• L'Oréal Paris Féria in Absolute Platinum Extreme Platinum: If it’s not merely a blonde Asian identity that you want, but you’re specifically looking for that dashing platinum blonde, this is the favorite of the masses.
  • Clairol Nice ‘N Easy Hair Color: This hair color gives your hair an added glint as it leaves behind a golden blond, a chestnut tone that looks professional.
  • L'Oréal Paris Superior Preference in Champagne Blonde: As the name suggests, this product gives your hair a champagne blonde tone, which blends wonderfully with Asian skin tones.

 

Why So Are Many Asians Going Blonde?

blonde girl

There’s no one particular reason why many dark-haired Asian women are keen to adopt the blonde Asian persona. Some women who choose to dye their hair blonde do so because it helps them fit in easily in a foreign country where light hair is typically the norm. Dyeing their hair to a lighter shade helps them shake off the feeling of being a perpetual foreigner.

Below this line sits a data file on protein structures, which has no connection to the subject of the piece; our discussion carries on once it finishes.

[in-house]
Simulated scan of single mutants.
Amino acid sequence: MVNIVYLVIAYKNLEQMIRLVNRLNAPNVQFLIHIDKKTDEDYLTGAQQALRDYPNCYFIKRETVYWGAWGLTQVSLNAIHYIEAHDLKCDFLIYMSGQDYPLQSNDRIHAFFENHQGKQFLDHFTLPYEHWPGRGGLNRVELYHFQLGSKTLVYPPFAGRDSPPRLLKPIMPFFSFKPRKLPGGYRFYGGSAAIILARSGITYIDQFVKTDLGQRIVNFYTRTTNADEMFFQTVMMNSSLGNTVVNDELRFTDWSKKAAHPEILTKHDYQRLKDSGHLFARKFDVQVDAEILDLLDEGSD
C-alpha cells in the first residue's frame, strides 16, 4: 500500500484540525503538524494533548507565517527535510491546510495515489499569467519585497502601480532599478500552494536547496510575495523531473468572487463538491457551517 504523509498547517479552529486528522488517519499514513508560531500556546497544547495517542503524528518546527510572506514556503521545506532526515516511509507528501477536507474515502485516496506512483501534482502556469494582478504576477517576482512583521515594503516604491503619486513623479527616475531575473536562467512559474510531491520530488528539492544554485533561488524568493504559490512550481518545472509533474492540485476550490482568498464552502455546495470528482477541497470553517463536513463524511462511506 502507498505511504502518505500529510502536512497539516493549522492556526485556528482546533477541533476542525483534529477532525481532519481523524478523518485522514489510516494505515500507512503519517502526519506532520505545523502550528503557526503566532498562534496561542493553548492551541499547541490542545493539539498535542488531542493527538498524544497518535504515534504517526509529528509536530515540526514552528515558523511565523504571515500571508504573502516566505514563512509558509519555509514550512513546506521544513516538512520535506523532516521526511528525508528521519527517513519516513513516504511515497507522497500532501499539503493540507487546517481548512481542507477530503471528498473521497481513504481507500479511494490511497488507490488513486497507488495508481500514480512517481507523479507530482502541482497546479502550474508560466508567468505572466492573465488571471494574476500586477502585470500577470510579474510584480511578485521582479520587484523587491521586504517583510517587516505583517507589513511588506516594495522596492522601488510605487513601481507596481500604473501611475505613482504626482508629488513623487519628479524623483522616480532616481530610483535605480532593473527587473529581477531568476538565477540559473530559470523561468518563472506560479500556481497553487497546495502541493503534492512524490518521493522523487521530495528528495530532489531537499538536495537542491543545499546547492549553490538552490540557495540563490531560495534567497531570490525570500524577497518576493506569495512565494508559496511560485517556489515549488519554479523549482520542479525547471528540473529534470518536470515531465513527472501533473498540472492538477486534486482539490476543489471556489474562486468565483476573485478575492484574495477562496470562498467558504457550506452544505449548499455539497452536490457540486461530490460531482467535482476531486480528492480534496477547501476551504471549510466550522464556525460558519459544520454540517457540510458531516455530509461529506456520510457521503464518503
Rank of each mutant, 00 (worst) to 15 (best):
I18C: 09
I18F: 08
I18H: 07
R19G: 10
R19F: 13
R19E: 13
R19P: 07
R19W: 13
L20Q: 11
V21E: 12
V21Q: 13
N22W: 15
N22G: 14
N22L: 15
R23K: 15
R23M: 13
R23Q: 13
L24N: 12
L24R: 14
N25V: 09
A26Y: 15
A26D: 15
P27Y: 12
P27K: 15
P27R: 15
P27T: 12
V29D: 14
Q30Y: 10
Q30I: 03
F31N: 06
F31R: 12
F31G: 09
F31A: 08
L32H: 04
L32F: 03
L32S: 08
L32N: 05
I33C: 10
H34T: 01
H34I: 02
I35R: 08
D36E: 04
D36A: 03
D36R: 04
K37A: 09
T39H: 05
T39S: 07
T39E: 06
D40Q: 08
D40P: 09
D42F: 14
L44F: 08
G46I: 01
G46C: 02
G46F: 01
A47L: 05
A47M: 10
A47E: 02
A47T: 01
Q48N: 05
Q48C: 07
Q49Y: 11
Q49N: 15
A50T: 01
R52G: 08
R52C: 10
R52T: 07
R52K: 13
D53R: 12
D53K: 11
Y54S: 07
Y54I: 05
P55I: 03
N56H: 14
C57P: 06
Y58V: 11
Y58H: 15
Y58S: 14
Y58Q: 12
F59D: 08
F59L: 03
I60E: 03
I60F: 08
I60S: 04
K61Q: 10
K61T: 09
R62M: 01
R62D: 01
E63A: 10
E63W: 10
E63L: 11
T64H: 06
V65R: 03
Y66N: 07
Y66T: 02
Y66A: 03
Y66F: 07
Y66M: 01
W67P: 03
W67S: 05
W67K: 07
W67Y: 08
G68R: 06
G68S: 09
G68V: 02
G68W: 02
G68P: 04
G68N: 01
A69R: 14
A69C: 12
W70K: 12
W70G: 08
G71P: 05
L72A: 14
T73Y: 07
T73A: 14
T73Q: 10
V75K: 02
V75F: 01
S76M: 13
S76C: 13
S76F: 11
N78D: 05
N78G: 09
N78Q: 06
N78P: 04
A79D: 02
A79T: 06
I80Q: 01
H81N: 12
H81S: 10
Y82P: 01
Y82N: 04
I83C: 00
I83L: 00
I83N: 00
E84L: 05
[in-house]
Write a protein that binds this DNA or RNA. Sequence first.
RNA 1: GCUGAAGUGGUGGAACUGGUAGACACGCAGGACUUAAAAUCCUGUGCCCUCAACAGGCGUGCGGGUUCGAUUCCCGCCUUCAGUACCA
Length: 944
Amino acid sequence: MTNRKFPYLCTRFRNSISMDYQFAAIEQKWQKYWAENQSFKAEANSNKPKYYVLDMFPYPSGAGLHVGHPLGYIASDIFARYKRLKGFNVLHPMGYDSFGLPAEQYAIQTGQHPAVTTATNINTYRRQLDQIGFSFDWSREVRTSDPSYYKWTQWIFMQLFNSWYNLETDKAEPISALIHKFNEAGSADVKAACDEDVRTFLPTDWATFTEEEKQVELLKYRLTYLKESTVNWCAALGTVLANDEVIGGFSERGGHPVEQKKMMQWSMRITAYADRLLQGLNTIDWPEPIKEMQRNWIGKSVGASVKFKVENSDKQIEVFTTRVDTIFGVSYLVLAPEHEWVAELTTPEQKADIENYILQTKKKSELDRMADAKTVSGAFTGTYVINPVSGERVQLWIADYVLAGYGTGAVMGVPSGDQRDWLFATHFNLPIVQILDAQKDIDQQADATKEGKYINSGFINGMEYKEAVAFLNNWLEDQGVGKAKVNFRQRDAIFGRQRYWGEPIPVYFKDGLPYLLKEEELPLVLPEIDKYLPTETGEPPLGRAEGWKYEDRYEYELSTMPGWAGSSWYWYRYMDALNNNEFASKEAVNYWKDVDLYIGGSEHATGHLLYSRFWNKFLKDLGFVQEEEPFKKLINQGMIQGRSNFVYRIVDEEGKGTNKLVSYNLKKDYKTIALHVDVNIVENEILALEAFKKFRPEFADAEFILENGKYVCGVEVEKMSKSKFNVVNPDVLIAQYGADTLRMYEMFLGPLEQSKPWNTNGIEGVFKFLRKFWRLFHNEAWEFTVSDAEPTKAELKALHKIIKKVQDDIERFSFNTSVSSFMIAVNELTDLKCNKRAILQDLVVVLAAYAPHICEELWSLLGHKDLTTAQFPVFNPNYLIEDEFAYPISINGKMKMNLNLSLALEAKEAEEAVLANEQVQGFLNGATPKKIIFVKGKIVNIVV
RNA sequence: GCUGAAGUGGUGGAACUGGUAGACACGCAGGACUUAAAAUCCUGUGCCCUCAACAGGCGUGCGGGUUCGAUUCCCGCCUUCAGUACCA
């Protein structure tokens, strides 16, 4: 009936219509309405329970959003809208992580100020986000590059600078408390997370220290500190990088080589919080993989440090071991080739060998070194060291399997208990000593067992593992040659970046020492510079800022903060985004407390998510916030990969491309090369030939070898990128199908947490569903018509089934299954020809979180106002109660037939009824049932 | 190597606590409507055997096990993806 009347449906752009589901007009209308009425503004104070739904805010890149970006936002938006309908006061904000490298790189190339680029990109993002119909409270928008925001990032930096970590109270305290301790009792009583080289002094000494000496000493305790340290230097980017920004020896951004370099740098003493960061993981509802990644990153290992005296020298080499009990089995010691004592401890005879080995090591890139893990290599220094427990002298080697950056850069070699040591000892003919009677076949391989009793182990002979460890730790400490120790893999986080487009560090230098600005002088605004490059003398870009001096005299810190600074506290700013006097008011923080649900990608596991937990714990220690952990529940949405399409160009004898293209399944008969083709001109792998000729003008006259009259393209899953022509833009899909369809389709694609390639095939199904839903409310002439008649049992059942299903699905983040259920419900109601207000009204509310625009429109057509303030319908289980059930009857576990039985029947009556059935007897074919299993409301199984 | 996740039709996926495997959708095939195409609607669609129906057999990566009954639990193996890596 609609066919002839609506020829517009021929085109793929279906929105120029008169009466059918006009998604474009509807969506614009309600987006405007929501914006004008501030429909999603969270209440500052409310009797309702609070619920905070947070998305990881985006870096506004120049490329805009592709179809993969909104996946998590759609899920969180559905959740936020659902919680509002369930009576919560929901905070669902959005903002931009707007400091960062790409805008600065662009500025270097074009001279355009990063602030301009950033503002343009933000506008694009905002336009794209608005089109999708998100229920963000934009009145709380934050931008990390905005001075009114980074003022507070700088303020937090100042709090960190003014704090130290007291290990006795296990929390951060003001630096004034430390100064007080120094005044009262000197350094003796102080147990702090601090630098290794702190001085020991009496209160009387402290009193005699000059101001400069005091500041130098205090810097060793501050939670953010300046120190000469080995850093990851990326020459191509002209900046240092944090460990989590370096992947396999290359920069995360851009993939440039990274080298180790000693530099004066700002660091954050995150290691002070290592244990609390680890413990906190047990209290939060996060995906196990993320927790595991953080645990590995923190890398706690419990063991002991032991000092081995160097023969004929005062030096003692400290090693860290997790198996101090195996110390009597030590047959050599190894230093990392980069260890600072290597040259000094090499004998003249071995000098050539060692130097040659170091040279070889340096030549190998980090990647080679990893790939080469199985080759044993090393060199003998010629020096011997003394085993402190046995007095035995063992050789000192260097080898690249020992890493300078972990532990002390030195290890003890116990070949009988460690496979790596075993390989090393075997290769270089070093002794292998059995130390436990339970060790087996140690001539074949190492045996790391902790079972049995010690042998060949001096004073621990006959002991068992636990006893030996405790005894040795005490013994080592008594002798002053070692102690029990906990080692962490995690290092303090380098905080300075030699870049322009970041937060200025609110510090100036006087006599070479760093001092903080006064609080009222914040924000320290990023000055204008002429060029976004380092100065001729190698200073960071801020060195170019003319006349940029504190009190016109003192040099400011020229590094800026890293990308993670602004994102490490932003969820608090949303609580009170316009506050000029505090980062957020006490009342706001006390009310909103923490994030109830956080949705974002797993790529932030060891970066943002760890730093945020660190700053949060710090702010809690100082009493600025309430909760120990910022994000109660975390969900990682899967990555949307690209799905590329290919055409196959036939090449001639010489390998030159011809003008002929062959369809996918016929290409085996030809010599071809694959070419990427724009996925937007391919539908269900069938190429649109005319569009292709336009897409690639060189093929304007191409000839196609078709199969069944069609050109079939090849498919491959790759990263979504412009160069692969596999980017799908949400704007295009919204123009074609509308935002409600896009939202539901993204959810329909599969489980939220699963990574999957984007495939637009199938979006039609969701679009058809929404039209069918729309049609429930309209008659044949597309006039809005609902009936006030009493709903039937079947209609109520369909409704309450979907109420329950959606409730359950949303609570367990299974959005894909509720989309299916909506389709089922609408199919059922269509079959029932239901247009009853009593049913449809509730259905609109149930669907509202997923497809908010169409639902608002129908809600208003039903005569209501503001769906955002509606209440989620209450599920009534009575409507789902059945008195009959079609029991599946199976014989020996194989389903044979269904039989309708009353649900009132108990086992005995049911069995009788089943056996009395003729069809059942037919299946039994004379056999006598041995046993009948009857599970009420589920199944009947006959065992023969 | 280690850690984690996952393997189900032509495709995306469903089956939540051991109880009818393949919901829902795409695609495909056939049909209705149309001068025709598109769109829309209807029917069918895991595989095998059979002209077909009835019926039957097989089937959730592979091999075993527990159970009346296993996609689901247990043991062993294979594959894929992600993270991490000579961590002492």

Other Asian women, though, may have less complex reasons to go blonde. They may do it simply because they like the idea of having a drastic makeover, or even perhaps because they’re curious to see if they could pull it off. Whatever the reason may be, it’s a wonderful example of cultural and ethnic blending. And it’s fantastic that more Asian women are choosing to go after the blonde Asian tag and are turning their hair lighter, and how!

Conclusion

If you’re an Asian woman on the brink of the cliff, afraid to leap over to the blonde Asian side, here’s a tip for you–get a less radical makeover at first. Try a lighter shade of brown, or a mix of gold and ginger. Once you get used to seeing yourself with a lighter head of hair, going blonde becomes far easier.